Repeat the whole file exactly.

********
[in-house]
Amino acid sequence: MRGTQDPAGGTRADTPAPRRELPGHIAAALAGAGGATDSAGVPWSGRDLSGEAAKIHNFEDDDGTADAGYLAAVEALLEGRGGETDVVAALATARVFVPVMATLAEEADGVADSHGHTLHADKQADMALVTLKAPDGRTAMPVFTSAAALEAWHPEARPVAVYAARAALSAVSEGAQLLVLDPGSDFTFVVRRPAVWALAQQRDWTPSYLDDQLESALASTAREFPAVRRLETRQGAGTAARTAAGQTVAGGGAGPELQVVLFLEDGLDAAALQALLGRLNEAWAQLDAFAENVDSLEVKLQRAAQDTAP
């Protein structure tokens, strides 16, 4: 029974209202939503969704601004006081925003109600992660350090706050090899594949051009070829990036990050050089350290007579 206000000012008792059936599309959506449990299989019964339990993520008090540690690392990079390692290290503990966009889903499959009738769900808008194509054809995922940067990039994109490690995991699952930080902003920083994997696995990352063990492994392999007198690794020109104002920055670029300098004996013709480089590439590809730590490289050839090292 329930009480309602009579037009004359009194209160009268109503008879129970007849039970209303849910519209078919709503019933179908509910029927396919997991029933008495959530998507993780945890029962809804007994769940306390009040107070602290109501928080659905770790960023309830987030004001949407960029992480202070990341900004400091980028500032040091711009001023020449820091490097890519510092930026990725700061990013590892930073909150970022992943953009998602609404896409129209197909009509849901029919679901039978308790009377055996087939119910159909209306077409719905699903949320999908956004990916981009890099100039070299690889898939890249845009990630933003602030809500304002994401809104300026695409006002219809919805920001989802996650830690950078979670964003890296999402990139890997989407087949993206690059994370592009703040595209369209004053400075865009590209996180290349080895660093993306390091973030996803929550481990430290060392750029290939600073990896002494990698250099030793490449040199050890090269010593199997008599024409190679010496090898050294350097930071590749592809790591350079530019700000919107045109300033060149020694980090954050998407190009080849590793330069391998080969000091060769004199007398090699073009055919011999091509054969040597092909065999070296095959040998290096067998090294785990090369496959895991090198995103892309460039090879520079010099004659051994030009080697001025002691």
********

[in-house]
Amino acid sequence: MRGTQDPAGGTRADTPAPRRELPGHIAAALAGAGGATDSAGVPWSGRDLSGEAAKIHNFEDDDGTADAGYLAAVEALLEGRGGETDVVAALATARVFVPVMATLAEEADGVADSHGHTLHADKQADMALVTLKAPDGRTAMPVFTSAAALEAWHPEARPVAVYAARAALSAVSEGAQLLVLDPGSDFTFVVRRPAVWALAQQRDWTPSYLDDQLESALASTAREFPAVRRLETRQGAGTAARTAAGQTVAGGGAGPELQVVLFLEDGLDAAALQALLGRLNEAWAQLDAFAENVDSLEVKLQRAAQDTAP
């Protein structure tokens, strides 16, 4: 029974209202939503969704601004006081925003109600992660350090706050090899594949051009070829990036990050050089350290007579 206000000012008792059936599309959506449990299989019964339990993520008090540690690392990079390692290290503990966009889903499959009738769900808008194509054809995922940067990039994109490690995991699952930080902003920083994997696995990352063990492994392999007198690794020109104002920055670029300098004996013709480089590439590809730590490289050839090292 329930009480309602009579037009004359009194209160009268109503008879129970007849039970209303849910519209078919709503019933179908509910029927396919997991029933008495959530998507993780945890029962809804007994769940306390009040107070602290109501928080659905770790960023309830987030004001949407960029992480202070990341900004400091980028500032040091711009001023020449820091490097890519510092930026990725700061990013590892930073909150970022992943953009998602609404896409129209197909009509849901029919679901039978308790009377055996087939119910159909209306077409719905699903949320999908956004990916981009890099100039070299690889898939890249845009990630933003602030809500304002994401809104300026695409006002219809919805920001989802996650830690950078979670964003890296999402990139890997989407087949993206690059994370592009703040595209369209004053400075865009590209996180290349080895660093993306390091973030996803929550481990430290060392750029290939600073990896002494990698250099030793490449040199050890090269010593199997008599024409190679010496090898050294350097930071590749592809790591350079530019700000919107045109300033060149020694980090954050998407190009080849590793330069391998080969000091060769004199007398090699073009055919011999091509054969040597092909065999070296095959040998290096067998090294785990090369496959895991090198995103892309460039090879520079010099004659051994030009080697001025002691």